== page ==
A mastermind group to help us step out of the daily grind to focus on and consider larger questions.
Reading and listening
Marketing and sales
I’ve asked hundreds of business owners where they get their customers. Far and away, the most common answer is: “Word of mouth.”
Only a vanishing small sample of small businesses operate with a marketing plan. Which means they leave this vital function to chance. Fewer still measure the results of their activities to see what works and what doesn’t.
It is understandable why that is so.
Marketing used to mean the Yellow Pages and a newspaper, but has grown to be an increasingly complex, constantly changing mixture of strategy and technical skills few business owners have the time to master and keep up with.
The solution for us in small business is to enroll the help of a competent marketing professional or agency.
Marketing professional/agency to help with:
Creating coordinated marketing plan
Web site development
Of the hundreds of sales people I’ve talked with, very few have had any sales training.
Sales is a skill that can be learned and mastered through;
Administrative skills has the longest list of dedicated professionals to help with specific administrative areas. All of us in business will benefit from a relationship with:
A CPA to advise us on matters including:
- Sales tax
- Payroll taxes
- Business /franchise tax
- Income tax planning
- Corporate structure
- Other topics specific to our businesses and states
An Attorney to advise us on:
- Corporate structure
- Operating agreements
- Contracts and negotiations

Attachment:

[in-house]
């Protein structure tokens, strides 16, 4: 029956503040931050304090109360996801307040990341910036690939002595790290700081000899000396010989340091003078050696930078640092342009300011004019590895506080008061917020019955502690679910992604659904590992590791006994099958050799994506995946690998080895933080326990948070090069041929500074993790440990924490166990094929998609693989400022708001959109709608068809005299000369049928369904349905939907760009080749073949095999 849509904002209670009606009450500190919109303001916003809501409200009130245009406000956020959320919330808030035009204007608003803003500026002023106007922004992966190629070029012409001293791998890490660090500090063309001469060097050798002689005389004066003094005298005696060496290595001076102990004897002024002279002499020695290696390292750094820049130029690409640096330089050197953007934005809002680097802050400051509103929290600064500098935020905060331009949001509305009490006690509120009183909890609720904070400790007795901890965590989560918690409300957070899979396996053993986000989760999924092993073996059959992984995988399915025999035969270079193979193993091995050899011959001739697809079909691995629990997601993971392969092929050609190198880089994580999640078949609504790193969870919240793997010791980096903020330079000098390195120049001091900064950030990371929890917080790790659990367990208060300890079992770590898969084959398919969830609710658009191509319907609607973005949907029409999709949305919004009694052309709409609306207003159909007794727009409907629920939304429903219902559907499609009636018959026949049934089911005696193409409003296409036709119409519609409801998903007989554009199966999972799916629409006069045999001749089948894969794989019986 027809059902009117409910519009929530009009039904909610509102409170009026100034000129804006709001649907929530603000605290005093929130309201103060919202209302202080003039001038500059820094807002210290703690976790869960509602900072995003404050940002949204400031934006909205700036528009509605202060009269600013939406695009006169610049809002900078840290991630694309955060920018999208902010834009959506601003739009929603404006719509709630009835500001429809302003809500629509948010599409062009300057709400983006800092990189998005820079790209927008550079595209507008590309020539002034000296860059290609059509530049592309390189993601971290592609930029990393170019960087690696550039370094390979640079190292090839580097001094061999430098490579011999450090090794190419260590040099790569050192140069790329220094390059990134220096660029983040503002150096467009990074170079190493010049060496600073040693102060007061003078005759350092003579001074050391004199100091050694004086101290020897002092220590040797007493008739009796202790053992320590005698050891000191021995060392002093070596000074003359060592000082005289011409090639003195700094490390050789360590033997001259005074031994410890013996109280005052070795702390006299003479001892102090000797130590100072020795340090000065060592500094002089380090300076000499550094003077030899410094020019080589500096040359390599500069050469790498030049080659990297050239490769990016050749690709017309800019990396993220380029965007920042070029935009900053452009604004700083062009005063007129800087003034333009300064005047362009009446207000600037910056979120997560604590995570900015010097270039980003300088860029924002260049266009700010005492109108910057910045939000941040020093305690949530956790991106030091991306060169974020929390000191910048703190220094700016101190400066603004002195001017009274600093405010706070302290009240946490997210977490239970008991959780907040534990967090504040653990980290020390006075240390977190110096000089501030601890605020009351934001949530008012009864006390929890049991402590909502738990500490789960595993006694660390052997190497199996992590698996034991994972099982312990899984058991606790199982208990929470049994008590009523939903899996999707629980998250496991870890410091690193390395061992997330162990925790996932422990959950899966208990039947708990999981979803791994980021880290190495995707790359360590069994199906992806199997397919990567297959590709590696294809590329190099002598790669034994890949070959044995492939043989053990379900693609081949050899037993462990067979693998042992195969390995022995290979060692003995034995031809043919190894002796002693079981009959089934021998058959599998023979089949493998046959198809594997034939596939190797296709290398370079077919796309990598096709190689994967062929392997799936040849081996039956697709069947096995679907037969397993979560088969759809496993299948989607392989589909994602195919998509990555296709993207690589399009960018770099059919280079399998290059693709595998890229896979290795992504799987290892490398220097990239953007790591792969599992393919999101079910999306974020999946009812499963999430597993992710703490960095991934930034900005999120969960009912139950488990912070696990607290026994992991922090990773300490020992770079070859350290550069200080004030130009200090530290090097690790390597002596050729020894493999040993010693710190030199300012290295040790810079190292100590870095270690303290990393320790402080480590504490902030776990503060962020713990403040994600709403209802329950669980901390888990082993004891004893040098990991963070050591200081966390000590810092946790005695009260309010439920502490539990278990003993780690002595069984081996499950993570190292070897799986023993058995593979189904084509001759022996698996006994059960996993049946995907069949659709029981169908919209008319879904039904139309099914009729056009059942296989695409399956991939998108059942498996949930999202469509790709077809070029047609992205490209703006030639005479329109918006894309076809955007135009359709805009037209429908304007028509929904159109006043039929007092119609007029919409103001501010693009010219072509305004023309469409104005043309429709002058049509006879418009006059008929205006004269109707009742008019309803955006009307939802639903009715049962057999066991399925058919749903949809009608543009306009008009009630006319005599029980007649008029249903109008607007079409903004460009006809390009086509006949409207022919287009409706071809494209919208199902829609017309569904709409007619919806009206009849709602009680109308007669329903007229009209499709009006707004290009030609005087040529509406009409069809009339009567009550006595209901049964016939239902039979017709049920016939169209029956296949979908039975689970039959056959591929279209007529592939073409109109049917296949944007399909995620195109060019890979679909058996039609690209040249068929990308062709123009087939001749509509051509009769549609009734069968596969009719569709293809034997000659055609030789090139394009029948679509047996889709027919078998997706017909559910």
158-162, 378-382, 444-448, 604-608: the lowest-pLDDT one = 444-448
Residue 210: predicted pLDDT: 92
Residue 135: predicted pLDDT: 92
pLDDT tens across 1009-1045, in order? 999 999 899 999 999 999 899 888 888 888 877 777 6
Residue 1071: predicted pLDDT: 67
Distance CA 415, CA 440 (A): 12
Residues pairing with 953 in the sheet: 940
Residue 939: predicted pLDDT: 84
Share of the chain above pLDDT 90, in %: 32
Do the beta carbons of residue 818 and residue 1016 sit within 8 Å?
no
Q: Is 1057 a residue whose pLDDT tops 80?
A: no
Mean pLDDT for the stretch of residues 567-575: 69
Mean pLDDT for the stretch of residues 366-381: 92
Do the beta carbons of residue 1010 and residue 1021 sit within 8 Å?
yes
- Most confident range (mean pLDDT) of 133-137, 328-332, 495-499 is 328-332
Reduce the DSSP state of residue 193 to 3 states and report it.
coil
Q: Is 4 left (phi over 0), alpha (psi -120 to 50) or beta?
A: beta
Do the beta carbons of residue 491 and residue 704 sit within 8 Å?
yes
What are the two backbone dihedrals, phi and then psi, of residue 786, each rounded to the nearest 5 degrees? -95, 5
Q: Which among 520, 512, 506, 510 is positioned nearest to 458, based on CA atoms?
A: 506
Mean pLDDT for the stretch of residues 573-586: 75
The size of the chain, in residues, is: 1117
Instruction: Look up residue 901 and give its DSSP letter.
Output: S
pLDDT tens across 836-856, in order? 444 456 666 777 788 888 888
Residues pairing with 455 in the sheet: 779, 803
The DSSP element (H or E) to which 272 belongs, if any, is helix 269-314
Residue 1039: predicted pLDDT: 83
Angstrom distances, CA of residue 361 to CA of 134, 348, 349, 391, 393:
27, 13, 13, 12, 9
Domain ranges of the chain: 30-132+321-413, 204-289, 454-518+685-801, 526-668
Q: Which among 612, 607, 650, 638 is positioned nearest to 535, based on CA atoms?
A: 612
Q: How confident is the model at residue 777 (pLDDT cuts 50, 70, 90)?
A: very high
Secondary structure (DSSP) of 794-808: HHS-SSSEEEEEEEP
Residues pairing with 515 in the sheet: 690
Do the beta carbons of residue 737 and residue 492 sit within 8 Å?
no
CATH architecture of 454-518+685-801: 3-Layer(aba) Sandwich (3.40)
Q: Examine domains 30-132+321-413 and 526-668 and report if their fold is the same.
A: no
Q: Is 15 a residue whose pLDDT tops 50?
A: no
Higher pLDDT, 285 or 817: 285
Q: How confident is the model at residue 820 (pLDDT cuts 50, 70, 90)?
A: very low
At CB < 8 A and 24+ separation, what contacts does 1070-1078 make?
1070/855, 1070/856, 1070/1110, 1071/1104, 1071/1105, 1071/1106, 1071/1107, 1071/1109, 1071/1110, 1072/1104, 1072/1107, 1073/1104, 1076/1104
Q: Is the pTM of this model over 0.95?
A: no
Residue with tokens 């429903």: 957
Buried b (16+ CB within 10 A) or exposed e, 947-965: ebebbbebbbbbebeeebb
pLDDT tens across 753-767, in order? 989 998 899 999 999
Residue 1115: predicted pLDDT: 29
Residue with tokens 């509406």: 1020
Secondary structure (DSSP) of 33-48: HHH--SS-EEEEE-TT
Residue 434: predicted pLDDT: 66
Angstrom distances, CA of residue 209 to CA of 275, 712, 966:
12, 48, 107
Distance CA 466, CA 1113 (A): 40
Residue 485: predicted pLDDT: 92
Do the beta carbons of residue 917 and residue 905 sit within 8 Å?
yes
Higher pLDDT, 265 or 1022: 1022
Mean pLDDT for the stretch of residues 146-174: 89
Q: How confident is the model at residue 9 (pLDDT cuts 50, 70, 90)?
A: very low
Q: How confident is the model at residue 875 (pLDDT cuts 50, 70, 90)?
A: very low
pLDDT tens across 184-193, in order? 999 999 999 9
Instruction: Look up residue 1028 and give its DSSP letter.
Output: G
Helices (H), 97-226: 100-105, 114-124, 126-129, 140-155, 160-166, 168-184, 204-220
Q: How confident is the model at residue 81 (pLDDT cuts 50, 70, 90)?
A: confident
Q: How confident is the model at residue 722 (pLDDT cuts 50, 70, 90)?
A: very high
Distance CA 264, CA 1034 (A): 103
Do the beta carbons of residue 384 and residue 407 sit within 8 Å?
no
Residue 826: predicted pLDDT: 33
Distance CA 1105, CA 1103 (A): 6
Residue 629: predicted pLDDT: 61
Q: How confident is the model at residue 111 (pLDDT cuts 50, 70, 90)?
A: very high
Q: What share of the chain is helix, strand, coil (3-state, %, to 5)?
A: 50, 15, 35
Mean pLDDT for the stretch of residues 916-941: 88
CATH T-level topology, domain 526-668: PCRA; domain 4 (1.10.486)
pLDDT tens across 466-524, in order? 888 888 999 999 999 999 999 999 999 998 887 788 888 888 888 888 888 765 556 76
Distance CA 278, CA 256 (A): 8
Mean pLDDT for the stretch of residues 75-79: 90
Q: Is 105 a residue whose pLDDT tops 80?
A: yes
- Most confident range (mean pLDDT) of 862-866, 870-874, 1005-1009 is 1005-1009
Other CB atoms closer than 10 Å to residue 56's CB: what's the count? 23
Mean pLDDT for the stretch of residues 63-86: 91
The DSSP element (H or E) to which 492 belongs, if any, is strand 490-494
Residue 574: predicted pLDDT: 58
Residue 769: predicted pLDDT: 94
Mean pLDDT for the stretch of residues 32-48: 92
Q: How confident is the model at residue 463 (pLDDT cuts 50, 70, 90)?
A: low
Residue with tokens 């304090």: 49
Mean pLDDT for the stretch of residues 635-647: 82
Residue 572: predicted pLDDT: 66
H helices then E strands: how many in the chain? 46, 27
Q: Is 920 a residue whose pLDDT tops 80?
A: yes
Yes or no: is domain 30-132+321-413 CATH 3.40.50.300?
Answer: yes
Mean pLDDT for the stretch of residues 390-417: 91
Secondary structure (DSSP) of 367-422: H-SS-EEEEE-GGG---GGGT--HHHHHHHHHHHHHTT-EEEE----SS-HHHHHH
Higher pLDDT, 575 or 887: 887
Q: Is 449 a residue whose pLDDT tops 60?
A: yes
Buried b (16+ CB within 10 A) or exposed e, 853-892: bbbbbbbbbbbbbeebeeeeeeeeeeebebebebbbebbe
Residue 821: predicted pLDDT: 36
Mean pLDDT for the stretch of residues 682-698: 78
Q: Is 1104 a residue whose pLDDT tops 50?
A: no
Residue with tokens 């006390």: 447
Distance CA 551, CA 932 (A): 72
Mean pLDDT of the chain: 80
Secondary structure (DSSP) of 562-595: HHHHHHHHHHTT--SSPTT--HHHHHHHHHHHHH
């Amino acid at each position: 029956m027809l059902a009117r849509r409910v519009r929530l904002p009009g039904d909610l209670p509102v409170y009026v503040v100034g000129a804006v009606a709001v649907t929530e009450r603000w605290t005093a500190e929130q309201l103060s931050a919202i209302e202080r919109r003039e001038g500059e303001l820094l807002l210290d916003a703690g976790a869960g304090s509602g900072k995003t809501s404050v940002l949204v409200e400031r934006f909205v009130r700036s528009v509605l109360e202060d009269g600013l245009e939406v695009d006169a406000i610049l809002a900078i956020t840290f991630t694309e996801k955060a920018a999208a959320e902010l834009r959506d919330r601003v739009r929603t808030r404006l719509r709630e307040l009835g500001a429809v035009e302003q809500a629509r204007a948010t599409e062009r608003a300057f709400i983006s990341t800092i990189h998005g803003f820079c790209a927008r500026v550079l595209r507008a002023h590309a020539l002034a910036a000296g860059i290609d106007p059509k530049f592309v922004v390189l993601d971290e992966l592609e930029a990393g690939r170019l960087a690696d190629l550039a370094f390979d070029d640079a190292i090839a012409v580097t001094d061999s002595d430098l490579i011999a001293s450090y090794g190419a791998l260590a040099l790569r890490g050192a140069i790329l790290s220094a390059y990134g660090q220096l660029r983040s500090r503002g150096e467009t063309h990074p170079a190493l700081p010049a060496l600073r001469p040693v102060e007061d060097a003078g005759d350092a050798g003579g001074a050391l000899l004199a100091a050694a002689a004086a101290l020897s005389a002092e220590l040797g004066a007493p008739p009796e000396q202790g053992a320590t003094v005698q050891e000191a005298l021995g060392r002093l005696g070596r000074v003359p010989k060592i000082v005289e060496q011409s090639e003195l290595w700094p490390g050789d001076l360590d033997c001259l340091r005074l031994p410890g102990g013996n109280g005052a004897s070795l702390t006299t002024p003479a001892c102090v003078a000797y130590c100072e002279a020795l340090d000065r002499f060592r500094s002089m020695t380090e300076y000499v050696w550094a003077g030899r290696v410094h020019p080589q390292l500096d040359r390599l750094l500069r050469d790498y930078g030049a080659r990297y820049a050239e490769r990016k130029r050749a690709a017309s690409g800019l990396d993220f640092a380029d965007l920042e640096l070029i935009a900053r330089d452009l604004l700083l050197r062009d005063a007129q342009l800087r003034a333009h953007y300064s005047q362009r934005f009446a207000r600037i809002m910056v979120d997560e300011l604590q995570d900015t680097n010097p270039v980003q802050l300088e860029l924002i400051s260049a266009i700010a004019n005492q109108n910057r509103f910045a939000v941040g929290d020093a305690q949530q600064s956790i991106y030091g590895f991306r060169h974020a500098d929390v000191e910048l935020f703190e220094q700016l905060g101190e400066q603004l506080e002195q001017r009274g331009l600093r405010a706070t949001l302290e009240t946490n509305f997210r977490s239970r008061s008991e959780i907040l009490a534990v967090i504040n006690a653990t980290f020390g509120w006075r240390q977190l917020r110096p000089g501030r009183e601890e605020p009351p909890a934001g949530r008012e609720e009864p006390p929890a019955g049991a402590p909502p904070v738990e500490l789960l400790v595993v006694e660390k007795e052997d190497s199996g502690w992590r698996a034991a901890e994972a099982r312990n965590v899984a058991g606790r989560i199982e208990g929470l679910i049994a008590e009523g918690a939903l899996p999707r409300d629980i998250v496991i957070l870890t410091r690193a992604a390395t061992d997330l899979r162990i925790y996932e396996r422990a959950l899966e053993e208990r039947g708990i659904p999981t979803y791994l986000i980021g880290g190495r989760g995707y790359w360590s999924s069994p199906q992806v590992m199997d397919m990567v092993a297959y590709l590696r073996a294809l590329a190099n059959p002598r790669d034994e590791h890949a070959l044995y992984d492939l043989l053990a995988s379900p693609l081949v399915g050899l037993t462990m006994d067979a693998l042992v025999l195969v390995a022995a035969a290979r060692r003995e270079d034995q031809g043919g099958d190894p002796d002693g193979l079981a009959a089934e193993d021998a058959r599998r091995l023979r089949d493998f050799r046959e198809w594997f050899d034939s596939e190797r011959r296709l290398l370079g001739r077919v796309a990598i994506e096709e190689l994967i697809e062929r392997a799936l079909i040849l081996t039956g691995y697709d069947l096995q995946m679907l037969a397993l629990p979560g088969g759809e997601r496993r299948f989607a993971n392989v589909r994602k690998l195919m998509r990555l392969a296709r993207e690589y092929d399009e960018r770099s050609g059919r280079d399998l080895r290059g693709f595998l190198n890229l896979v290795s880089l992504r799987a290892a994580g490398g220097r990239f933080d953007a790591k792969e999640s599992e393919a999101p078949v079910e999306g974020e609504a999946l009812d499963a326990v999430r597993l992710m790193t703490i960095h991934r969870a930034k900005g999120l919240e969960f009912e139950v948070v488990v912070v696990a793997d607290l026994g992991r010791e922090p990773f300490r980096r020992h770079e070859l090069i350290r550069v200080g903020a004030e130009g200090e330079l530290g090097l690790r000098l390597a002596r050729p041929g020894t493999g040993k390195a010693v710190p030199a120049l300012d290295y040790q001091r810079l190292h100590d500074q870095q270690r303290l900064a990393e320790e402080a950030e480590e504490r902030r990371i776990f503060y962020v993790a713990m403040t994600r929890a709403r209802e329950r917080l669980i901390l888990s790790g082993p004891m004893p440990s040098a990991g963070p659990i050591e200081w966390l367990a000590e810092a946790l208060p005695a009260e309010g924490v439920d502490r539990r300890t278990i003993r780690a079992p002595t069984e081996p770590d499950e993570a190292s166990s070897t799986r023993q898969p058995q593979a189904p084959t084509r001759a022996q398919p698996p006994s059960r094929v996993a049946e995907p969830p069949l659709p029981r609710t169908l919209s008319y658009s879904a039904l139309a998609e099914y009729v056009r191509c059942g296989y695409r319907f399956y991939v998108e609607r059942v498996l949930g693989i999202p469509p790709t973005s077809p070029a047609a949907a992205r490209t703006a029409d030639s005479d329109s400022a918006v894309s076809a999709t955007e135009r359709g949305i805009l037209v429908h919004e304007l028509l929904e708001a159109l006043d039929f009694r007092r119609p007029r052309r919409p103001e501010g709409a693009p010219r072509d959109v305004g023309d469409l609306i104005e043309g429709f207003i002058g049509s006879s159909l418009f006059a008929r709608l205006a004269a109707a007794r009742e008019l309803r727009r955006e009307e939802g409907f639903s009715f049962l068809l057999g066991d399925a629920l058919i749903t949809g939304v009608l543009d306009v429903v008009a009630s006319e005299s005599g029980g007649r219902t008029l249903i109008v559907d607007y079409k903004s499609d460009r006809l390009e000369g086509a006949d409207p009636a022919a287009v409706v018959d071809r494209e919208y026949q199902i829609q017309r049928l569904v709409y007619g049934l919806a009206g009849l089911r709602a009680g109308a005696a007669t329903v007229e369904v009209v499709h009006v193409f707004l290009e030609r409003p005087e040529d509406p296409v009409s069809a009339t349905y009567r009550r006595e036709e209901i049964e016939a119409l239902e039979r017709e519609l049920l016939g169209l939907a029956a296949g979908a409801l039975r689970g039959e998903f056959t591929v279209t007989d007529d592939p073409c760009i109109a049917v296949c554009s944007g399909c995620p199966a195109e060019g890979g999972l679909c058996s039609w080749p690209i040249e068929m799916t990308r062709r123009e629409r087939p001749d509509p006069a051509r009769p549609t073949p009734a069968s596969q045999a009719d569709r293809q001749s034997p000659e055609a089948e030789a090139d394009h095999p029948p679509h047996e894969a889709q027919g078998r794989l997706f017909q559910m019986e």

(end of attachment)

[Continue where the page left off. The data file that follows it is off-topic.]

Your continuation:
- Partner relations
- Planning for the future events including death, divorce, dissolution, partner splits
A Banker to provide for future cash needs and investments
- To fund accounts receivable
- To fund equipment and real estate investments
- To finance inventory
- To provide operating capital for growth
An Insurance/risk management professional for
- Liability insurance
- Workman’s comp insurance
- Risk assessment
- Vehicles and equipment insurance
- Health insurance
- Lost income insurance
An HR consultant to guide us through increasingly complex
- Hiring issues
- Firing issues
- Sexual harassment
- Unemployment insurance issues
Regulatory compliance specialists on
- OSHA compliance
- Machinery and equipment certification
Why Businesses Fail-start the conversation
The lists above are not comprehensive, but you get the idea. There is more to discover and learn than we could ever do on our own. All of us will benefit from relationships with:
- A business coach or mentor
- A Marketing professional
- A Sales training professional
- A CPA
- An Attorney
- A Banker
- An Insurance/ risk management professional
- An HR consultant
- Regulatory specialist
If you don’t have a relationship with each type of advisor above, it’s easy to get one.
Ask your peers who they use, set an appointment, and start the conversation with a question: “What do I need to know about ___________ ?” One question will lead to the next and you’ll be on your way to becoming good in all four areas of business.
There are a lot of answers for why businesses fail, but there is no reason ignorance should be among them. There are some folks in Dallas who will wish they had asked a few simple questions sooner.
What about you?
Where do you get your customers? Is there a tax or regulatory issue you’ve “heard about” but are just hoping never comes up? Have you ever been ambushed by something you didn’t know? Do you have a working relationship with each type of advisor listed above?